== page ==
Waterstream is a full-featured MQTT broker that runs on top of Apache Kafka—requiring nothing else—enabling bidirectional communication with devices as well as device MQTT state storage. A mission-critical IoT use case can be implemented on the cloud or on-premises with a seamless deployment, and directly “out of the box” Waterstream supports millions of connected clients.
MQTT is the most popular IoT protocol for very good reasons: it’s lightweight, it’s supported by all programming languages, and it’s built for poor connectivity scenarios such as mobile networks. On the other hand, it’s not designed for stream processing and does not support the reprocessing of events.
Apache Kafka is a streaming platform that enables large scale, high availability, long term storage, and very good integration with enterprise technologies. Yet, it’s not designed for the IoT: it requires a stable network, does not support tens of thousands of connections, and does not support IoT specific features such as Keep Alive or Last Will.
With Waterstream, you get the best of both ecosystems in one. Now MQTT and Kafka streaming work together perfectly, making high scalability with millions of connections, real-time stream processing, enterprise integration, as well as analytics of IoT data, a reality. Better still, Waterstream delivers this reality in the simplest way possible.
Waterstream is an MQTT broker that runs Kafka natively as a Kafka Streams application. There are no external MQTT clusters to manage or integration pipelines to develop in order to move your data from devices to topics. That’s because Waterstream works as a bidirectional layer between Kafka and IoT devices.
Waterstream does not require an intermediate persistence layer because it uses Kafka “under the hood” as the only persistence layer. The built-in persistence benefits of using Kafka are all included: high availability, high throughput, and low latency. Messages coming from MQTT clients are immediately written to Kafka. Likewise, as soon as a message is retrieved from Kafka, it’s sent to MQTT clients. This means that MQTT state is stored in Kafka with no need for additional storage solutions.
With Waterstream, you have to manage and monitor only one distributed infrastructure for your IoT projects. IoT can’t be any simpler than that.
In the typical deployment scenario, devices send data to Waterstream through a load balancer. Due to its stateless and elastic nature, Waterstream nodes are added or removed dynamically according to the load or needs. Waterstream persists incoming data to the Kafka topic that can be consumed by any Kafka tool, such as a Kafka consumer, Kafka Connect, and Kafka Streams applications. Producers can send messages back to the devices by writing on designated Kafka topics. Waterstream delivers these messages to the edge as rapidly as they are consumed.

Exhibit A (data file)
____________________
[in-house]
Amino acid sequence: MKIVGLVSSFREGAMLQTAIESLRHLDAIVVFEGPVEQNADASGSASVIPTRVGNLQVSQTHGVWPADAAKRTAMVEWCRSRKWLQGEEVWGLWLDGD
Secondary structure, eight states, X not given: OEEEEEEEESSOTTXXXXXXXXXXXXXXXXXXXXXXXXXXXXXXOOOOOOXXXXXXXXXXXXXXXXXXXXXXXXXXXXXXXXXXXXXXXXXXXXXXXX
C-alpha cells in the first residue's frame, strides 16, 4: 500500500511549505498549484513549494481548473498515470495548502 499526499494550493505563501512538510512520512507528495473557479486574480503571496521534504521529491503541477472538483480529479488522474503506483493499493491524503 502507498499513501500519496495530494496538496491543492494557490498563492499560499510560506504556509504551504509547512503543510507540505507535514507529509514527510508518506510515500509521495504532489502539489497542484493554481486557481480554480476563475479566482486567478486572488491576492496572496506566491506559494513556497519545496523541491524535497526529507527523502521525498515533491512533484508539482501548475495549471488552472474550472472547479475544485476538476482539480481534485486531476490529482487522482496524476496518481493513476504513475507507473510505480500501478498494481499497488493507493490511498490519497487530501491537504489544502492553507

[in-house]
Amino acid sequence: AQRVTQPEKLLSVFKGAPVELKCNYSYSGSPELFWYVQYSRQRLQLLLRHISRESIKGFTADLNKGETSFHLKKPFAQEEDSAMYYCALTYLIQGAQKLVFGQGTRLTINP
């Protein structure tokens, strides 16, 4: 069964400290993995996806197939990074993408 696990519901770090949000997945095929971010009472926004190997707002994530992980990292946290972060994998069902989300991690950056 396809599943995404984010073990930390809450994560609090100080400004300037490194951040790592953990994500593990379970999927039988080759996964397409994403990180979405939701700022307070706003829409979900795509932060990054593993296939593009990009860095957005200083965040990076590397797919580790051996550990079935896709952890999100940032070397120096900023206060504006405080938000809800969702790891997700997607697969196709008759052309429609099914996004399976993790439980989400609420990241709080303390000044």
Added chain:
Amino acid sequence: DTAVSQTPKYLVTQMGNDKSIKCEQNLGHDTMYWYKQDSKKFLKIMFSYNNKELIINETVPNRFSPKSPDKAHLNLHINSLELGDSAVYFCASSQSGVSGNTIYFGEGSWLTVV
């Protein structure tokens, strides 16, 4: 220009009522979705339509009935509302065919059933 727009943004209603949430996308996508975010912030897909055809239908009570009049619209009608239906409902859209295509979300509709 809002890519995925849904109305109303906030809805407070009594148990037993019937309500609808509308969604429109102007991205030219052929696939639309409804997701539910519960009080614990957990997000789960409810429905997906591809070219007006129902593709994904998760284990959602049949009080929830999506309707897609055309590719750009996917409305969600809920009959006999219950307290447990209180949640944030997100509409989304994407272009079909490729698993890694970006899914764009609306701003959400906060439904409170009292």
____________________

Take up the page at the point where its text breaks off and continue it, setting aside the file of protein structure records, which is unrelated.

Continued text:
Waterstream provides integrated observability through Prometheus and Grafana. Check out our demo page to see an example in action. Our modern architecture is pluggable, which means, for example, that you can add in your own metrics solution.
Waterstream scales out linearly. For most operations, its nodes don’t depend on each other, so you can add more machines if you have an increasing number of clients to support.
Several scalability tests have been executed to test and tune Waterstream performance. For your project’s benefit, we provide a simple toolset that you can use to compare Waterstream with other streaming solutions. The details of the test methodology is a the topic of an upcoming blog post.
As shown in the below graph, Waterstream was capable of managing more than one million connected devices, using only 12 nodes of modest computing power (2 CPU, 7.5 GB RAM).
Waterstream can also scale in to support smaller deployments on the edge that are closer to the monitored devices. This delivers two business advantages: it reduces the latency between the devices and Waterstream; data may be pre-filtered and pre-aggregated on the edge before sending payloads to the data center, thus reducing the networking and storage needs.
Consider an outstanding example of Waterstream throughput. Using a computer with the minimal specifications of 1 CPU and 3.7 GB RAM, that hosts both Kafka and ZooKeeper, Waterstream managed to, within 10 seconds, process a single message from 20 thousand devices. Clearly, Waterstream gives you the edge you require for edge computing.